This gives you the option of stopping some app notifications from appearing on your Android Wear device. This is especially handy if you want to avoid showing something on your watch that should be private. If you're in a meeting, do you want your WhatsApp or Facebook messages appearing on your phone? Perhaps not.

You can, of course, opt to silence your device, with Android Wear 5.1.1 adopting Lollipop's None, Priority, All system for notifications. It hasn't, yet, updated to the newer system offered by Marshmallow, so none in this instance includes alarms. Changing the notification status on your Android Wear device is reflected on your phone and vice versa, but it's worth noting that none really does mean total silence. Currently, there's no "alarms only" option for Android Wear.

We've mentioned how notifications behave, occupying the bottom section of the display and letting you swipe up to see more, then swiping to the left to see more options - that might be to reply, silence the app, or open on your phone or something else.

For apps that are optimised for Android Wear, this is where the real interesting stuff happens, for example letting you view the next step in your journey. However, for those apps that aren't optimised, it's a bit of a tease. There are lots of app-related alerts in Android that don't get follow-through action on Android Wear. For example, use the geolocation feature on your Hive Active Heating system and you'll be asked if you're coming home. On the phone that's great, you tap through to the app, adjust the heating and you're all set. On Android Wear you read the alert but can't action it. Yes, there's plenty of room for app developers to expand onto this wearable platform.

When you receive an incoming call on your phone, Android Wear will ring and vibrate. You'll be given the option to accept or decline the call, as well as reject a call with a message.

You might question the need to have an answer option when you might not have a speaker on your Wear device, but it makes sense when you're wearing a Bluetooth headset. It makes managing calls really easy, never having to lift your phone out of your pocket.

The stock SMS responses are pretty good too, so you can let someone know that you can't take their call. Again, this will work well for those driving with their hands full, or when sat in a boring meeting.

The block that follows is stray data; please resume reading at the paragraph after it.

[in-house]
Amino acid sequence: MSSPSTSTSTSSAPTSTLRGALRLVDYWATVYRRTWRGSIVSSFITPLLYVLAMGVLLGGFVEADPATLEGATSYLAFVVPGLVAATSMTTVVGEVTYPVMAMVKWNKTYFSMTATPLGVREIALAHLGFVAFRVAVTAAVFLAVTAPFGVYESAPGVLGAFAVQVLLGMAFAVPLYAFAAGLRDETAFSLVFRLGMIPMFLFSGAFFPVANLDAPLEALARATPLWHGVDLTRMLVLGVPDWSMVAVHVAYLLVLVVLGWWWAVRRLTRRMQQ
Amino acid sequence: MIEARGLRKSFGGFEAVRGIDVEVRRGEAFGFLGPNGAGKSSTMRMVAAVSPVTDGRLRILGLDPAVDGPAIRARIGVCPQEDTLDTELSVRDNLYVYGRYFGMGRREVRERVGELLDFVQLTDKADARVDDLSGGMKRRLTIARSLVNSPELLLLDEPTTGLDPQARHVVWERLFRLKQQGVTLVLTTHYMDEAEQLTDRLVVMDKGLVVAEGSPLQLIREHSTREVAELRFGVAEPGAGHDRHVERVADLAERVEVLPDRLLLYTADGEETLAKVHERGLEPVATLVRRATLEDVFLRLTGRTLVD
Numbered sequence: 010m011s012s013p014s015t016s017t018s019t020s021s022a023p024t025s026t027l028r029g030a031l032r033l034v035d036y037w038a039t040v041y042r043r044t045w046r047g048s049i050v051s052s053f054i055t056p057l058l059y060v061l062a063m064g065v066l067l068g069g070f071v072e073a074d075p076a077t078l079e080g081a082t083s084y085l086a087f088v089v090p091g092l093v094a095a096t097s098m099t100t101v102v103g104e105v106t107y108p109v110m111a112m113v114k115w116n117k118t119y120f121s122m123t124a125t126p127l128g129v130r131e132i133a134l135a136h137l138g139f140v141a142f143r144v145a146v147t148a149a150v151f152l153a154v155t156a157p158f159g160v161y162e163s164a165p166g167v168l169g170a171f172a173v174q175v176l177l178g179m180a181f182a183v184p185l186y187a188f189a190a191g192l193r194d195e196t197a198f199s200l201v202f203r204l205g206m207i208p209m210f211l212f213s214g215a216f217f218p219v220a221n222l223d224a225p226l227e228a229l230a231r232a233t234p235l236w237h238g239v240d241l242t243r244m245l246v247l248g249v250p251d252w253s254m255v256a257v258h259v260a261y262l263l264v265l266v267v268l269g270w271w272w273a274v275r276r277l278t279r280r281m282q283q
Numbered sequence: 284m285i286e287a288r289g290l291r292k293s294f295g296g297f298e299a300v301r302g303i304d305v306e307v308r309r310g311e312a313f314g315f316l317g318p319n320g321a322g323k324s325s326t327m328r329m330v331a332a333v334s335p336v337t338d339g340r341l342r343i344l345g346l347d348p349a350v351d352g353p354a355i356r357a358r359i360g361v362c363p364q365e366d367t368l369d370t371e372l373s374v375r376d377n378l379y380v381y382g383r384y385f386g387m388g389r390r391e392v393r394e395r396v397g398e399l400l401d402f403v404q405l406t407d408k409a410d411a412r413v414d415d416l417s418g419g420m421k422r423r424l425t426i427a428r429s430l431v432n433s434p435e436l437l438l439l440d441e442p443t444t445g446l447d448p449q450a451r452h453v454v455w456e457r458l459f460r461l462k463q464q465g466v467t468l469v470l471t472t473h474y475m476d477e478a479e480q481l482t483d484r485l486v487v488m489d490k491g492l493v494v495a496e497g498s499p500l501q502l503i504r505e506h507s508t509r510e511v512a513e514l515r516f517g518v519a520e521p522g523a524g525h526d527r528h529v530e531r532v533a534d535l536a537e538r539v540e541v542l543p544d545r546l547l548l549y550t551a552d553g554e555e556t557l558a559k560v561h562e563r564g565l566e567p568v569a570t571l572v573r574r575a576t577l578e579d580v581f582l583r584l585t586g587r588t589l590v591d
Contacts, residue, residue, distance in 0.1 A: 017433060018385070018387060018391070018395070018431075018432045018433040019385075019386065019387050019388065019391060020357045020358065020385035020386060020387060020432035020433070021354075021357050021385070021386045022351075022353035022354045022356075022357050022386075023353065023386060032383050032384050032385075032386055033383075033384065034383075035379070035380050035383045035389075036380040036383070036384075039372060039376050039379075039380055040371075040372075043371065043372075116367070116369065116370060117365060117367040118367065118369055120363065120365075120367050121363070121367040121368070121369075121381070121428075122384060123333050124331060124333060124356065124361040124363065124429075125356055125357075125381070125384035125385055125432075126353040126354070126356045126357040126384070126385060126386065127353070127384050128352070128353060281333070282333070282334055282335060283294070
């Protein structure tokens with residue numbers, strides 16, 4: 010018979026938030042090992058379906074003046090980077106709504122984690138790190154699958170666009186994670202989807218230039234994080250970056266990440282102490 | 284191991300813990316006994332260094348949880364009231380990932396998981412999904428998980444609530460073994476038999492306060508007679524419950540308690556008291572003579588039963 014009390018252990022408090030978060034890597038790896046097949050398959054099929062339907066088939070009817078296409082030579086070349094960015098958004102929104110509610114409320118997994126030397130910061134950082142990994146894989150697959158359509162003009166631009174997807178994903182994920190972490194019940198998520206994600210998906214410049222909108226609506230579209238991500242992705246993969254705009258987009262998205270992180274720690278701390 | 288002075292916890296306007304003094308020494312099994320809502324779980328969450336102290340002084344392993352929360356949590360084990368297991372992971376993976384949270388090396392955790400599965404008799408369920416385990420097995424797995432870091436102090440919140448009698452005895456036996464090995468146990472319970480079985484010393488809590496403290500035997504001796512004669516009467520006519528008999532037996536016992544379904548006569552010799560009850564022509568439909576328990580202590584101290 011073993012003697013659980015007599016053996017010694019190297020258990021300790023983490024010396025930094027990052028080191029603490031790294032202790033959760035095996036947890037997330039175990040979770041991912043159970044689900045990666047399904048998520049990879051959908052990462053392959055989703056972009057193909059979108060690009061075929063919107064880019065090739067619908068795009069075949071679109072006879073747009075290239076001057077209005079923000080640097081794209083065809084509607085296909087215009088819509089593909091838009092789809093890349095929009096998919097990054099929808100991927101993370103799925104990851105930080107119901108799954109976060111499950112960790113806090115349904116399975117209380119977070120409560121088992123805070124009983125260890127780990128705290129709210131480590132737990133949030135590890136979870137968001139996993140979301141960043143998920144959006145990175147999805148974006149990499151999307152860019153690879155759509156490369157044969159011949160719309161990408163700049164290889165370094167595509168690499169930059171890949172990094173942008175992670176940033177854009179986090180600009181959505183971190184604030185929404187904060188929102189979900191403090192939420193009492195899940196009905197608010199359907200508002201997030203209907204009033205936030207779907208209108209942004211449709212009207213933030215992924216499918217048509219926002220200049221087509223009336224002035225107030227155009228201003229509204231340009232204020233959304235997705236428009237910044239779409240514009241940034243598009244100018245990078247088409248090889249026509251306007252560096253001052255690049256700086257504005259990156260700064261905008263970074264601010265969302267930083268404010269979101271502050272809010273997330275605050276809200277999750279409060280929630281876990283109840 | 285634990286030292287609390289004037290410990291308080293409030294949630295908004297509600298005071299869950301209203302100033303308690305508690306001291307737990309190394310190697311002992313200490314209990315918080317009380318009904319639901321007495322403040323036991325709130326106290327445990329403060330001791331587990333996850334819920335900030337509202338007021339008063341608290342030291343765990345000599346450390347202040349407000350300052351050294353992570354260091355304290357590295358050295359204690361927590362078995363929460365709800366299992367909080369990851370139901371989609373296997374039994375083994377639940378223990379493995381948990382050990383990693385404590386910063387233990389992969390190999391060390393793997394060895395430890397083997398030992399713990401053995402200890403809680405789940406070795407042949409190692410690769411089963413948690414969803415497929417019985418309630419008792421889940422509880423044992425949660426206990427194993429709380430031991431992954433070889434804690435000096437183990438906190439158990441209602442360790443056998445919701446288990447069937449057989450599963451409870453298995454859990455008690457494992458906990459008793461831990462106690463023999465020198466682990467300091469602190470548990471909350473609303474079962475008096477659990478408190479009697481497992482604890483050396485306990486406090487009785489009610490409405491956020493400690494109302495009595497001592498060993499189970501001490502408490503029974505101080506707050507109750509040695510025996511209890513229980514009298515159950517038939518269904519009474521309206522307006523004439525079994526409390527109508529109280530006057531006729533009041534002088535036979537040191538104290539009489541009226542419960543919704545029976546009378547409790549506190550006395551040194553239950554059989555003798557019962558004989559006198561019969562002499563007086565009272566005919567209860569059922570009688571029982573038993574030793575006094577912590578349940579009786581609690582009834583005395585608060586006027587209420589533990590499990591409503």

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For many, glancing at your watch for directions rather than pulling your slab of a phone out is a big part of what's wanted from a wearable. Android Wear brings Google Maps navigation to your wrist, so that's the navigation box ticked. You can tell Android Wear to navigate you to a place and it will.

This works by firing up Google Maps on your phone, planning the route and then feeding the directions back to the smartwatch. If you use Google Maps Navigation you'll know that your phone will unlock to do this (and only this), bringing the added advantage that if you have your phone mounted on your car dash, you'll also have that to navigate with.

Cleverly you can select the mode of navigation, so you can switch from driving to walking or cycling, but there's no support for public transport in Android Wear's options yet that Google Maps on Android will give.

However, as when using voice for messages, Android Wear doesn't verify the destination on the watch which can be a problem. Without scooping out the phone and checking, you can't tell. But this is only a problem when you initiate navigation from your wearable - start navigation from your smartphone as normal and the directions will then be fed to your wrist.

Android Wear has improved its relationship with Maps, so you can easily open maps on your watch and look at your location. It will also dim, displaying mapping in "ambient mode" to save battery life and maintaining at-a-glance directions.

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With every wearable, the potential to be a fitness device comes bundled on board. With health being in public focus, Android Wear crosses the divide, supporting functions normally found on a sportswatch or fitness tracker, alongside the rest of the connected features.